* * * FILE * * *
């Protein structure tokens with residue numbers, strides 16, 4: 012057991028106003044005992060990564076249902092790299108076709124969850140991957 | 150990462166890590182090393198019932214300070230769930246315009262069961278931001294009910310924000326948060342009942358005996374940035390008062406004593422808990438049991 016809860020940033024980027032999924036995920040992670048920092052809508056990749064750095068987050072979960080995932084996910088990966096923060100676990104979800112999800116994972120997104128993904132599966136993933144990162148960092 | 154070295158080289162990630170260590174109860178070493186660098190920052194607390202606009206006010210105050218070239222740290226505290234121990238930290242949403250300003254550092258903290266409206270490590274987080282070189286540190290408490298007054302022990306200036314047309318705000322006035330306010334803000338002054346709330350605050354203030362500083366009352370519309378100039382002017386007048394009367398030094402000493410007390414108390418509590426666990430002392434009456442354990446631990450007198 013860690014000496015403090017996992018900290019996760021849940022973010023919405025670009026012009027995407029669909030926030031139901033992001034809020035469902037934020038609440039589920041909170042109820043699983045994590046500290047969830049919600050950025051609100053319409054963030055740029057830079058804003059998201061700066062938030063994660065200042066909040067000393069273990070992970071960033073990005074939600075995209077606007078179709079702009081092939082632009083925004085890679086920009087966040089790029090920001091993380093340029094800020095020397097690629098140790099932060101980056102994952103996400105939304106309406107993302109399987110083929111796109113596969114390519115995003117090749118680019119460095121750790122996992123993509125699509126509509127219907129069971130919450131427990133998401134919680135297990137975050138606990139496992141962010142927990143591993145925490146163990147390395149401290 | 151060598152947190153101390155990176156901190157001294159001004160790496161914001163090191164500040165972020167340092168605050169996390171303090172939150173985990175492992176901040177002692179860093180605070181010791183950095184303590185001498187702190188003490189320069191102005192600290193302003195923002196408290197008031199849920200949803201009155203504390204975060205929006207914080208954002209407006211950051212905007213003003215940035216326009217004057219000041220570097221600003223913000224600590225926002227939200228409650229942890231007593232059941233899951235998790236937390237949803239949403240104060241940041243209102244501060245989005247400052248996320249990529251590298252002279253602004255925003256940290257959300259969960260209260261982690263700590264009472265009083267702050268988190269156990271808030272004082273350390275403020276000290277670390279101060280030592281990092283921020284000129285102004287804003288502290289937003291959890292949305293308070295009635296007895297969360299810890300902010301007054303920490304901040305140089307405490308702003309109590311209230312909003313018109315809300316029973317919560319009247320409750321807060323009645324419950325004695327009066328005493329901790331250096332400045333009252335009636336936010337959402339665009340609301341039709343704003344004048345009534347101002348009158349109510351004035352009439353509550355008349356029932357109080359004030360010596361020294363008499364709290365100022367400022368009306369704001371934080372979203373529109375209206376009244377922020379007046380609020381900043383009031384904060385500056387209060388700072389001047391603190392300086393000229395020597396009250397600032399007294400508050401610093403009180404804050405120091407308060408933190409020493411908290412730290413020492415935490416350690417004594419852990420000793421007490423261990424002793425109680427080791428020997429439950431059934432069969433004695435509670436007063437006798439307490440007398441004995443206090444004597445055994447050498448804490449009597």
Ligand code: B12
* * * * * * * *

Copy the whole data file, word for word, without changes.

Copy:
């Protein structure tokens with residue numbers, strides 16, 4: 012057991028106003044005992060990564076249902092790299108076709124969850140991957 | 150990462166890590182090393198019932214300070230769930246315009262069961278931001294009910310924000326948060342009942358005996374940035390008062406004593422808990438049991 016809860020940033024980027032999924036995920040992670048920092052809508056990749064750095068987050072979960080995932084996910088990966096923060100676990104979800112999800116994972120997104128993904132599966136993933144990162148960092 | 154070295158080289162990630170260590174109860178070493186660098190920052194607390202606009206006010210105050218070239222740290226505290234121990238930290242949403250300003254550092258903290266409206270490590274987080282070189286540190290408490298007054302022990306200036314047309318705000322006035330306010334803000338002054346709330350605050354203030362500083366009352370519309378100039382002017386007048394009367398030094402000493410007390414108390418509590426666990430002392434009456442354990446631990450007198 013860690014000496015403090017996992018900290019996760021849940022973010023919405025670009026012009027995407029669909030926030031139901033992001034809020035469902037934020038609440039589920041909170042109820043699983045994590046500290047969830049919600050950025051609100053319409054963030055740029057830079058804003059998201061700066062938030063994660065200042066909040067000393069273990070992970071960033073990005074939600075995209077606007078179709079702009081092939082632009083925004085890679086920009087966040089790029090920001091993380093340029094800020095020397097690629098140790099932060101980056102994952103996400105939304106309406107993302109399987110083929111796109113596969114390519115995003117090749118680019119460095121750790122996992123993509125699509126509509127219907129069971130919450131427990133998401134919680135297990137975050138606990139496992141962010142927990143591993145925490146163990147390395149401290 | 151060598152947190153101390155990176156901190157001294159001004160790496161914001163090191164500040165972020167340092168605050169996390171303090172939150173985990175492992176901040177002692179860093180605070181010791183950095184303590185001498187702190188003490189320069191102005192600290193302003195923002196408290197008031199849920200949803201009155203504390204975060205929006207914080208954002209407006211950051212905007213003003215940035216326009217004057219000041220570097221600003223913000224600590225926002227939200228409650229942890231007593232059941233899951235998790236937390237949803239949403240104060241940041243209102244501060245989005247400052248996320249990529251590298252002279253602004255925003256940290257959300259969960260209260261982690263700590264009472265009083267702050268988190269156990271808030272004082273350390275403020276000290277670390279101060280030592281990092283921020284000129285102004287804003288502290289937003291959890292949305293308070295009635296007895297969360299810890300902010301007054303920490304901040305140089307405490308702003309109590311209230312909003313018109315809300316029973317919560319009247320409750321807060323009645324419950325004695327009066328005493329901790331250096332400045333009252335009636336936010337959402339665009340609301341039709343704003344004048345009534347101002348009158349109510351004035352009439353509550355008349356029932357109080359004030360010596361020294363008499364709290365100022367400022368009306369704001371934080372979203373529109375209206376009244377922020379007046380609020381900043383009031384904060385500056387209060388700072389001047391603190392300086393000229395020597396009250397600032399007294400508050401610093403009180404804050405120091407308060408933190409020493411908290412730290413020492415935490416350690417004594419852990420000793421007490423261990424002793425109680427080791428020997429439950431059934432069969433004695435509670436007063437006798439307490440007398441004995443206090444004597445055994447050498448804490449009597």
Ligand code: B12